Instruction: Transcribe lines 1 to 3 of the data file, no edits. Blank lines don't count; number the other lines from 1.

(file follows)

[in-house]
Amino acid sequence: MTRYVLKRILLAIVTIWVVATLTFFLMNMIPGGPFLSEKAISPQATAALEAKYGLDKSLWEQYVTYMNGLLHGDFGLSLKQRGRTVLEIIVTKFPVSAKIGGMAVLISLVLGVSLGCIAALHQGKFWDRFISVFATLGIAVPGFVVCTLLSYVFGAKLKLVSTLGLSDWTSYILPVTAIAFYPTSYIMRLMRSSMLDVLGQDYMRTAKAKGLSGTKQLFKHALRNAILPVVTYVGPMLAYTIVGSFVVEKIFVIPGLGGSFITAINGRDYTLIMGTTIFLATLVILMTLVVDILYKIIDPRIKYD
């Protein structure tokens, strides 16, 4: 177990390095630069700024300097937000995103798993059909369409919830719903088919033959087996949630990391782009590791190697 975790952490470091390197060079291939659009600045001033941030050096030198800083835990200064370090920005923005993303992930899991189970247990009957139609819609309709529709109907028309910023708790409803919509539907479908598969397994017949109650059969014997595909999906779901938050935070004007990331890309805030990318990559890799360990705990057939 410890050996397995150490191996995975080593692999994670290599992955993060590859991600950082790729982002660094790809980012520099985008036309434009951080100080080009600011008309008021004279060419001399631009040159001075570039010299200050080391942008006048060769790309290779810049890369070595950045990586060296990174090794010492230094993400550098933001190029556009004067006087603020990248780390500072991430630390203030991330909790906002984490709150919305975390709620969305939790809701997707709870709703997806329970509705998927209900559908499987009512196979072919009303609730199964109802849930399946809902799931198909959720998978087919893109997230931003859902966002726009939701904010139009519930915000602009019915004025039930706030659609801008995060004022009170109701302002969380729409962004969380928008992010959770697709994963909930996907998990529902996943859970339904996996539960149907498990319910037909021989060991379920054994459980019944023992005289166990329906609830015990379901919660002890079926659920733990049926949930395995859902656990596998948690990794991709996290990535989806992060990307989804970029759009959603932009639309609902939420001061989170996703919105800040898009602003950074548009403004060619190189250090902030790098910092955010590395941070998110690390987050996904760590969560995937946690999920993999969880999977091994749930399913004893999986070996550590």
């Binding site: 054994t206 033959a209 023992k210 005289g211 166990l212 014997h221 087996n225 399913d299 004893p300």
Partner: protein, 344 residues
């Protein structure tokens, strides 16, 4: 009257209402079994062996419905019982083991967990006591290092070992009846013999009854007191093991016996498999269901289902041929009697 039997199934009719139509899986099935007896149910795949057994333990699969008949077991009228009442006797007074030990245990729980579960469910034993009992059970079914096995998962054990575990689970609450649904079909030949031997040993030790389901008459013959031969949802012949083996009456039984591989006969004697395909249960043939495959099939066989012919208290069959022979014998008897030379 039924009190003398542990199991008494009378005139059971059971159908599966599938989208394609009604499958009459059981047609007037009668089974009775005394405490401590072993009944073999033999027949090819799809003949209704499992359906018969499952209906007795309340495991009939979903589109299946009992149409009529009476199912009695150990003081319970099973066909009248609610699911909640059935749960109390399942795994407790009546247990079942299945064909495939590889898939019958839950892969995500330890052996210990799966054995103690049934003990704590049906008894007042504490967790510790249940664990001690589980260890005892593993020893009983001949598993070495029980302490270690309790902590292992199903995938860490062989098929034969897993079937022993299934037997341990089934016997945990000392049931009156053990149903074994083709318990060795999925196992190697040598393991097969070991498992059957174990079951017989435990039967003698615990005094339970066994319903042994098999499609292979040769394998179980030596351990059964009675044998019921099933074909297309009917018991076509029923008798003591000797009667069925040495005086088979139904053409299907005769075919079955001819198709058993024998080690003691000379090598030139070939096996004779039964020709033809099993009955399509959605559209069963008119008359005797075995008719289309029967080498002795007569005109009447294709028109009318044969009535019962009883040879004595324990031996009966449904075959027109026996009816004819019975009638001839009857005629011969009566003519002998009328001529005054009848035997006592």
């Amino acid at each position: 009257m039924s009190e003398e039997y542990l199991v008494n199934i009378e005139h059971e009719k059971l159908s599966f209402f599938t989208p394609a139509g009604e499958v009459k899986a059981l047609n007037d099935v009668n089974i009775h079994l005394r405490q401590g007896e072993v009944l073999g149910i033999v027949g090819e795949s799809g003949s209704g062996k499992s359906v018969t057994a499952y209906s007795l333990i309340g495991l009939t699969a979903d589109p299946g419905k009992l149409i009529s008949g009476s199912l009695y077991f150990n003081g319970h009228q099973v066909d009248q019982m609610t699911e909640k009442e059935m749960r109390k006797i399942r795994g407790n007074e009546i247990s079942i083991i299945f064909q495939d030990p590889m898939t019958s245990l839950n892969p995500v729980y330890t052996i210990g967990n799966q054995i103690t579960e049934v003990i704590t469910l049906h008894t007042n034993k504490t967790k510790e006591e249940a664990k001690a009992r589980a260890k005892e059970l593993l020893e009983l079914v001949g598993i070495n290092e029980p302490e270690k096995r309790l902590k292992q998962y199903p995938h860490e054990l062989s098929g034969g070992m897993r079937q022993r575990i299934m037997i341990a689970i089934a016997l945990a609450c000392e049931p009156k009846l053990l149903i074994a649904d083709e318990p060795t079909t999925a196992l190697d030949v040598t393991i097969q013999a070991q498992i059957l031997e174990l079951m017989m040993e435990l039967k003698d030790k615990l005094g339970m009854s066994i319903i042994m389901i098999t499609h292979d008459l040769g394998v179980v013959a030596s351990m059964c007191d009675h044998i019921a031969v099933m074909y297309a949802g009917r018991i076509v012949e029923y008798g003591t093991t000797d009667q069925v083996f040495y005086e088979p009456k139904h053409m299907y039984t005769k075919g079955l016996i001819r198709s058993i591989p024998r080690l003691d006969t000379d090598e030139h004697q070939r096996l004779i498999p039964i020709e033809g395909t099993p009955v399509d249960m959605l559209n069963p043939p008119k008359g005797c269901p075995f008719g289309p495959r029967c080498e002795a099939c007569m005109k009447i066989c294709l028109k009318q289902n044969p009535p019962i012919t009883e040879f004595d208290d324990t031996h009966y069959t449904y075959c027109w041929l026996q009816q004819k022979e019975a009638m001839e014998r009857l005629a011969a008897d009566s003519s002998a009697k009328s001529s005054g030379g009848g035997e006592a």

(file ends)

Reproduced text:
[in-house]
Amino acid sequence: MTRYVLKRILLAIVTIWVVATLTFFLMNMIPGGPFLSEKAISPQATAALEAKYGLDKSLWEQYVTYMNGLLHGDFGLSLKQRGRTVLEIIVTKFPVSAKIGGMAVLISLVLGVSLGCIAALHQGKFWDRFISVFATLGIAVPGFVVCTLLSYVFGAKLKLVSTLGLSDWTSYILPVTAIAFYPTSYIMRLMRSSMLDVLGQDYMRTAKAKGLSGTKQLFKHALRNAILPVVTYVGPMLAYTIVGSFVVEKIFVIPGLGGSFITAINGRDYTLIMGTTIFLATLVILMTLVVDILYKIIDPRIKYD
């Protein structure tokens, strides 16, 4: 177990390095630069700024300097937000995103798993059909369409919830719903088919033959087996949630990391782009590791190697 975790952490470091390197060079291939659009600045001033941030050096030198800083835990200064370090920005923005993303992930899991189970247990009957139609819609309709529709109907028309910023708790409803919509539907479908598969397994017949109650059969014997595909999906779901938050935070004007990331890309805030990318990559890799360990705990057939 410890050996397995150490191996995975080593692999994670290599992955993060590859991600950082790729982002660094790809980012520099985008036309434009951080100080080009600011008309008021004279060419001399631009040159001075570039010299200050080391942008006048060769790309290779810049890369070595950045990586060296990174090794010492230094993400550098933001190029556009004067006087603020990248780390500072991430630390203030991330909790906002984490709150919305975390709620969305939790809701997707709870709703997806329970509705998927209900559908499987009512196979072919009303609730199964109802849930399946809902799931198909959720998978087919893109997230931003859902966002726009939701904010139009519930915000602009019915004025039930706030659609801008995060004022009170109701302002969380729409962004969380928008992010959770697709994963909930996907998990529902996943859970339904996996539960149907498990319910037909021989060991379920054994459980019944023992005289166990329906609830015990379901919660002890079926659920733990049926949930395995859902656990596998948690990794991709996290990535989806992060990307989804970029759009959603932009639309609902939420001061989170996703919105800040898009602003950074548009403004060619190189250090902030790098910092955010590395941070998110690390987050996904760590969560995937946690999920993999969880999977091994749930399913004893999986070996550590």